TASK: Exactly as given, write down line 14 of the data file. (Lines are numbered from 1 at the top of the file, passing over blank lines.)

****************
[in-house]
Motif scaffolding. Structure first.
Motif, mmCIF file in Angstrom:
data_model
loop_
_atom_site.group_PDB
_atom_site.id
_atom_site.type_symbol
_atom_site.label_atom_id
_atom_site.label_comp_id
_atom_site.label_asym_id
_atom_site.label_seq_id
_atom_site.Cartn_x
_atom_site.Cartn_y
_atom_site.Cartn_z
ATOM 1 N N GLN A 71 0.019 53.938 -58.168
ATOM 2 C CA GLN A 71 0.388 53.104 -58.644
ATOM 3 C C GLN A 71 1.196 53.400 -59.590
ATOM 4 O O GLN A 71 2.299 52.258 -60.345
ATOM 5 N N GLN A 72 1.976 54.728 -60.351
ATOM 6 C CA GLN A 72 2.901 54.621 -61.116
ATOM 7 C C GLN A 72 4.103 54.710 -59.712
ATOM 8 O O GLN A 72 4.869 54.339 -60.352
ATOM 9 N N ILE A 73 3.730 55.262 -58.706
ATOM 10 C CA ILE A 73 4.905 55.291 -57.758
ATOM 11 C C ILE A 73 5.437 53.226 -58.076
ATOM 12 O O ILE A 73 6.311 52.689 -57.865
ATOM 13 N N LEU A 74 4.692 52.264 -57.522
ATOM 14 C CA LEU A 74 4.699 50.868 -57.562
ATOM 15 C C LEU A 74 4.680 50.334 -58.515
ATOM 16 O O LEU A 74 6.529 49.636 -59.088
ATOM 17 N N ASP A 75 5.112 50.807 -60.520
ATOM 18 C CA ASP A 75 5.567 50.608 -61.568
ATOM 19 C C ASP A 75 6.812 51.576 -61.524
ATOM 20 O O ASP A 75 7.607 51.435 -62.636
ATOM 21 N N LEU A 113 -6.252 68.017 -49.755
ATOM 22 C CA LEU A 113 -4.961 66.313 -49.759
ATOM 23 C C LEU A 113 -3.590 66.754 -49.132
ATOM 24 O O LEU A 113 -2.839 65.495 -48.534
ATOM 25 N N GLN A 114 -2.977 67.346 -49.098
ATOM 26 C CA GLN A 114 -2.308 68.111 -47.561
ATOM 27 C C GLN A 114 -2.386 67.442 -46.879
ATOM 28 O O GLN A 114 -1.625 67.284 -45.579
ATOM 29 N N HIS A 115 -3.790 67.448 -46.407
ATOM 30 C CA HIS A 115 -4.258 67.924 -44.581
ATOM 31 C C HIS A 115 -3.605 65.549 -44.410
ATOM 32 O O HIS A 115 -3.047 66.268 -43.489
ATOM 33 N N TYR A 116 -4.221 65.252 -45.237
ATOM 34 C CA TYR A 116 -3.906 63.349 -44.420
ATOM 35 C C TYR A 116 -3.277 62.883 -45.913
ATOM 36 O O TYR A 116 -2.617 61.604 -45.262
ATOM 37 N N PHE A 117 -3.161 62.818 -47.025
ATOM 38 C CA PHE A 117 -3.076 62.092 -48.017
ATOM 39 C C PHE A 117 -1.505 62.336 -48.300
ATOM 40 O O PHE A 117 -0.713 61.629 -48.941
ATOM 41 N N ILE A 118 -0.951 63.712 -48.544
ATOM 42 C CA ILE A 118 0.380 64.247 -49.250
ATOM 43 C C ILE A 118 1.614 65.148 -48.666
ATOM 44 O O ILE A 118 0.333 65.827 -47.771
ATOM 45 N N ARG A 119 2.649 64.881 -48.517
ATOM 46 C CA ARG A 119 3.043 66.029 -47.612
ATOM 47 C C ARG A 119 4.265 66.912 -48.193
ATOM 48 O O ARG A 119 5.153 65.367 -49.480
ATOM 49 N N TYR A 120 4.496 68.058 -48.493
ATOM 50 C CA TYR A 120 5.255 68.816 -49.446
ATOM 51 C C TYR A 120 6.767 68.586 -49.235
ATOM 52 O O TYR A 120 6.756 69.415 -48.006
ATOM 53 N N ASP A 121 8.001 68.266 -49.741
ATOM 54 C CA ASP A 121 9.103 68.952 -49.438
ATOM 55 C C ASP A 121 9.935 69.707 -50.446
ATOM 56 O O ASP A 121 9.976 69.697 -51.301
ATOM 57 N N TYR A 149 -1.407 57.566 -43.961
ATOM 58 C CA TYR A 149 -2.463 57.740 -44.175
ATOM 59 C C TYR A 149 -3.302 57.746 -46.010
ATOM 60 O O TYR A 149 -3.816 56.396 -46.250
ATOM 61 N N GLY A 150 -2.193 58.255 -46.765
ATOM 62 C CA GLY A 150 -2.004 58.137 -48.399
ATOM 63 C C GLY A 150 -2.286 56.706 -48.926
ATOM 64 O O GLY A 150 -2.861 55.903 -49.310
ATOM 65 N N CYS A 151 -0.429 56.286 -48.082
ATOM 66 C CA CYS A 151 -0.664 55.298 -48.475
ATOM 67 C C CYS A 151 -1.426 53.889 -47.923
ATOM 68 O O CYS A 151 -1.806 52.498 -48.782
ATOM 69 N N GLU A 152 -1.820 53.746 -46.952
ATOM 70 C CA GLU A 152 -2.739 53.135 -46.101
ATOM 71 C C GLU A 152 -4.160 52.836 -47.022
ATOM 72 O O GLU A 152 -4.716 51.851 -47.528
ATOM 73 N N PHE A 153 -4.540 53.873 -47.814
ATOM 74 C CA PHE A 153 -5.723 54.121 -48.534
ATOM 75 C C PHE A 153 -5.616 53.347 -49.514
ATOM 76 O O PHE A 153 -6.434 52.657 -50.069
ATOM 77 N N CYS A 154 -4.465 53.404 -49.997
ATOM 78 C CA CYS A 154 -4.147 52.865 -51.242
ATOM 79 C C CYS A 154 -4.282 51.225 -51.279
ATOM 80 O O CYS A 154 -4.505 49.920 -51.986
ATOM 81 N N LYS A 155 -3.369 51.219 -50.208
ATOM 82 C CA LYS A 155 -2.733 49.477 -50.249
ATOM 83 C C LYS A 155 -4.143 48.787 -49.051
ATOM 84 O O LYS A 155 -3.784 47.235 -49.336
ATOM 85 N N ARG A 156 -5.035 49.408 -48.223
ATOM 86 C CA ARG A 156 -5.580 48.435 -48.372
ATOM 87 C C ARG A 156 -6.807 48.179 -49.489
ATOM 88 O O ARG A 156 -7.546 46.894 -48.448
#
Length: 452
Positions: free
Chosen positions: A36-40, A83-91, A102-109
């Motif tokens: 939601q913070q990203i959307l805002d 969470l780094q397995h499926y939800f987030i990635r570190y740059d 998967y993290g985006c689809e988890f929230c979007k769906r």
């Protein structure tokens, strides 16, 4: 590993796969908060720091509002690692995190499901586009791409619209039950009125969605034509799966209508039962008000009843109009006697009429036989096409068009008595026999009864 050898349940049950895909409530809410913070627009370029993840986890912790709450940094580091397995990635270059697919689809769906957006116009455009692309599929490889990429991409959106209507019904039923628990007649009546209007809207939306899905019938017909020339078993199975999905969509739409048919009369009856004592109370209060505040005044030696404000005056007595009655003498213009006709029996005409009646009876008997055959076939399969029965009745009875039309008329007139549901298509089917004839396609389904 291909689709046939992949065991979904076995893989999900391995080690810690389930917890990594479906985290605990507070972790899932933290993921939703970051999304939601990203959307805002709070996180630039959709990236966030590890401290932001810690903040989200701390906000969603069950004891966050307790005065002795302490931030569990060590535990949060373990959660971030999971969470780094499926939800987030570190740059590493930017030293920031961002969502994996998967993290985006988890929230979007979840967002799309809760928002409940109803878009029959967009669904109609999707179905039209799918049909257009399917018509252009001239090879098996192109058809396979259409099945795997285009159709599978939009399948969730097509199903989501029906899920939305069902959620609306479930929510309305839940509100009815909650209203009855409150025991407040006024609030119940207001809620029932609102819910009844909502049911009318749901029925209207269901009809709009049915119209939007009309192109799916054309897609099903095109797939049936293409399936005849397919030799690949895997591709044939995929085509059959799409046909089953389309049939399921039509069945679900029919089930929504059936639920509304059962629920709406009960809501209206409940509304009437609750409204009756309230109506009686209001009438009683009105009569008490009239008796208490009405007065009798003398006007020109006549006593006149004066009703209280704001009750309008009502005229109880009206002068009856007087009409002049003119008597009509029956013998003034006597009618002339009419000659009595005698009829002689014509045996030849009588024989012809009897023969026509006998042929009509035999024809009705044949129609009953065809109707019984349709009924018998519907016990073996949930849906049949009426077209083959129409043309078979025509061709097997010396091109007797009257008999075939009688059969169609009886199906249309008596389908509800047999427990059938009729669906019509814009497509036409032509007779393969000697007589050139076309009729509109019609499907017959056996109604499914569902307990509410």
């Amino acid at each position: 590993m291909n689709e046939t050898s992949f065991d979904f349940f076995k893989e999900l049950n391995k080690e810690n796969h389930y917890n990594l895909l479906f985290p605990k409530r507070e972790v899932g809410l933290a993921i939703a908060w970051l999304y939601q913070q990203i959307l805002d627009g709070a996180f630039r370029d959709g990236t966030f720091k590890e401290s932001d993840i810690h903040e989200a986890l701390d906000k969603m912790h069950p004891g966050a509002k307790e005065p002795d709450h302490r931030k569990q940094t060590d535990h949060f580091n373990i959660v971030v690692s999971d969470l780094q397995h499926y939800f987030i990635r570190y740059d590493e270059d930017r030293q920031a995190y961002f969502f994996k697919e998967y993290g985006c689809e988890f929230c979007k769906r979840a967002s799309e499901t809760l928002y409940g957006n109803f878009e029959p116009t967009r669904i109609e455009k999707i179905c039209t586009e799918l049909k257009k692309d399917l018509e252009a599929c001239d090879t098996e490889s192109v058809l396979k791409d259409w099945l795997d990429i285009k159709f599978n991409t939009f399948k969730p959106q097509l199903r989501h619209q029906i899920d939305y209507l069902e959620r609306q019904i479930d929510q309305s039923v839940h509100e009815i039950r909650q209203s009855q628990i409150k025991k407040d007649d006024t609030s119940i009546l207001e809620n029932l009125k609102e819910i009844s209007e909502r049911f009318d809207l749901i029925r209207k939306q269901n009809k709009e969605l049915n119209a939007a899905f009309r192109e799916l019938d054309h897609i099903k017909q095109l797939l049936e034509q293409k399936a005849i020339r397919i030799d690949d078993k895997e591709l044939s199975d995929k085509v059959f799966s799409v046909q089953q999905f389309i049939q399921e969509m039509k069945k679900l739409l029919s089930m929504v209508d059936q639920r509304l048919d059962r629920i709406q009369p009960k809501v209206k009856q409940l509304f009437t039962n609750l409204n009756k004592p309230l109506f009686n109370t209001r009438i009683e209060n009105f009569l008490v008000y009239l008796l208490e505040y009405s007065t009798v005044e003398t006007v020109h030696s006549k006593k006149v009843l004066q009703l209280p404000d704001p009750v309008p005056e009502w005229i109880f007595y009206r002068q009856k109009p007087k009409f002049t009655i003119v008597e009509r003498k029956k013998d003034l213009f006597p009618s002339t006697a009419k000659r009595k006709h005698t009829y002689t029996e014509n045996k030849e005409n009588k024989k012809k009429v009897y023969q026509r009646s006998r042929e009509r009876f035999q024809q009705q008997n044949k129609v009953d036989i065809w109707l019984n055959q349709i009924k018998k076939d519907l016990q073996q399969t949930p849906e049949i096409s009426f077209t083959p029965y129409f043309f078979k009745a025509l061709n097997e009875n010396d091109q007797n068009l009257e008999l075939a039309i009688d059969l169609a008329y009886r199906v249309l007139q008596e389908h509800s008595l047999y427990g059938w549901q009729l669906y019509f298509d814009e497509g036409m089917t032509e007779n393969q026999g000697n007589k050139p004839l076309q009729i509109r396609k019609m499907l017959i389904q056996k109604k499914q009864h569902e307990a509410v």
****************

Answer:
_atom_site.Cartn_y